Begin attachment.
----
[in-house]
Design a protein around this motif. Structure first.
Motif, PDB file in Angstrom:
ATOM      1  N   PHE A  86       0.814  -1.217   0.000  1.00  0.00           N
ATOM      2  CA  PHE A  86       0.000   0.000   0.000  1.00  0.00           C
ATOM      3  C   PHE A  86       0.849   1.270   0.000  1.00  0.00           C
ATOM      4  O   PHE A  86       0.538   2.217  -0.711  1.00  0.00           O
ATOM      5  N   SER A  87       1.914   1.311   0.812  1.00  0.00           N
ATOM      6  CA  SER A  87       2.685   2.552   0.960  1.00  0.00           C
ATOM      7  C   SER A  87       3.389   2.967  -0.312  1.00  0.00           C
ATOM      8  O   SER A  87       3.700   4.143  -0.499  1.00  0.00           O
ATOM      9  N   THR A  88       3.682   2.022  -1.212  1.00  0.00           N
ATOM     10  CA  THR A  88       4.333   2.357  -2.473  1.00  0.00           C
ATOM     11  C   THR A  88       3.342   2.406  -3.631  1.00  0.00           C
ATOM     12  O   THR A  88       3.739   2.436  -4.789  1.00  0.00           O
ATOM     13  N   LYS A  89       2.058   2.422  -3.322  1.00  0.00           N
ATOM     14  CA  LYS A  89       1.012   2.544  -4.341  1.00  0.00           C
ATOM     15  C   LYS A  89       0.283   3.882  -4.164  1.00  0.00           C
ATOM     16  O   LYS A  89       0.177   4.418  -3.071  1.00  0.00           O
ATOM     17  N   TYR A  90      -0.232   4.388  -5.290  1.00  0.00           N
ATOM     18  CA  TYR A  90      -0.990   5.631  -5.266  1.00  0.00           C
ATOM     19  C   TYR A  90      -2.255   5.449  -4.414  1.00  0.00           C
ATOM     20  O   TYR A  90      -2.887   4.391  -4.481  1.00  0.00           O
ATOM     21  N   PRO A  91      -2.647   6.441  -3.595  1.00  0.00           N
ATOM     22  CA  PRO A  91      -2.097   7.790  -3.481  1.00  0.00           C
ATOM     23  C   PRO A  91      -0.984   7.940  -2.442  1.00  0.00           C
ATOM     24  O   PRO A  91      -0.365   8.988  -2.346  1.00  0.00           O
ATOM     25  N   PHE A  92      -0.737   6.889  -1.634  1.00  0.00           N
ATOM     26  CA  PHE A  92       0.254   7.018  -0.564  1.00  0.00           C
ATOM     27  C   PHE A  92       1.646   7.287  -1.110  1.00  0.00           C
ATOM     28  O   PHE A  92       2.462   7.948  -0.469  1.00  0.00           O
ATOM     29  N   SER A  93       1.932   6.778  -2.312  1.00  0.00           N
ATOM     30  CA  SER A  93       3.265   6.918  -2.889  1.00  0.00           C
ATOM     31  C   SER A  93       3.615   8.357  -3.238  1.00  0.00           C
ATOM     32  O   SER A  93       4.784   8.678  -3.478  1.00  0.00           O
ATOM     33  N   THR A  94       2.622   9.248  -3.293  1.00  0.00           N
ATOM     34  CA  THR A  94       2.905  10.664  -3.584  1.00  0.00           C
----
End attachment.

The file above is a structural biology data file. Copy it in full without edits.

[in-house]
Design a protein around this motif. Structure first.
Motif, PDB file in Angstrom:
ATOM      1  N   PHE A  86       0.814  -1.217   0.000  1.00  0.00           N
ATOM      2  CA  PHE A  86       0.000   0.000   0.000  1.00  0.00           C
ATOM      3  C   PHE A  86       0.849   1.270   0.000  1.00  0.00           C
ATOM      4  O   PHE A  86       0.538   2.217  -0.711  1.00  0.00           O
ATOM      5  N   SER A  87       1.914   1.311   0.812  1.00  0.00           N
ATOM      6  CA  SER A  87       2.685   2.552   0.960  1.00  0.00           C
ATOM      7  C   SER A  87       3.389   2.967  -0.312  1.00  0.00           C
ATOM      8  O   SER A  87       3.700   4.143  -0.499  1.00  0.00           O
ATOM      9  N   THR A  88       3.682   2.022  -1.212  1.00  0.00           N
ATOM     10  CA  THR A  88       4.333   2.357  -2.473  1.00  0.00           C
ATOM     11  C   THR A  88       3.342   2.406  -3.631  1.00  0.00           C
ATOM     12  O   THR A  88       3.739   2.436  -4.789  1.00  0.00           O
ATOM     13  N   LYS A  89       2.058   2.422  -3.322  1.00  0.00           N
ATOM     14  CA  LYS A  89       1.012   2.544  -4.341  1.00  0.00           C
ATOM     15  C   LYS A  89       0.283   3.882  -4.164  1.00  0.00           C
ATOM     16  O   LYS A  89       0.177   4.418  -3.071  1.00  0.00           O
ATOM     17  N   TYR A  90      -0.232   4.388  -5.290  1.00  0.00           N
ATOM     18  CA  TYR A  90      -0.990   5.631  -5.266  1.00  0.00           C
ATOM     19  C   TYR A  90      -2.255   5.449  -4.414  1.00  0.00           C
ATOM     20  O   TYR A  90      -2.887   4.391  -4.481  1.00  0.00           O
ATOM     21  N   PRO A  91      -2.647   6.441  -3.595  1.00  0.00           N
ATOM     22  CA  PRO A  91      -2.097   7.790  -3.481  1.00  0.00           C
ATOM     23  C   PRO A  91      -0.984   7.940  -2.442  1.00  0.00           C
ATOM     24  O   PRO A  91      -0.365   8.988  -2.346  1.00  0.00           O
ATOM     25  N   PHE A  92      -0.737   6.889  -1.634  1.00  0.00           N
ATOM     26  CA  PHE A  92       0.254   7.018  -0.564  1.00  0.00           C
ATOM     27  C   PHE A  92       1.646   7.287  -1.110  1.00  0.00           C
ATOM     28  O   PHE A  92       2.462   7.948  -0.469  1.00  0.00           O
ATOM     29  N   SER A  93       1.932   6.778  -2.312  1.00  0.00           N
ATOM     30  CA  SER A  93       3.265   6.918  -2.889  1.00  0.00           C
ATOM     31  C   SER A  93       3.615   8.357  -3.238  1.00  0.00           C
ATOM     32  O   SER A  93       4.784   8.678  -3.478  1.00  0.00           O
ATOM     33  N   THR A  94       2.622   9.248  -3.293  1.00  0.00           N
ATOM     34  CA  THR A  94       2.905  10.664  -3.584  1.00  0.00           C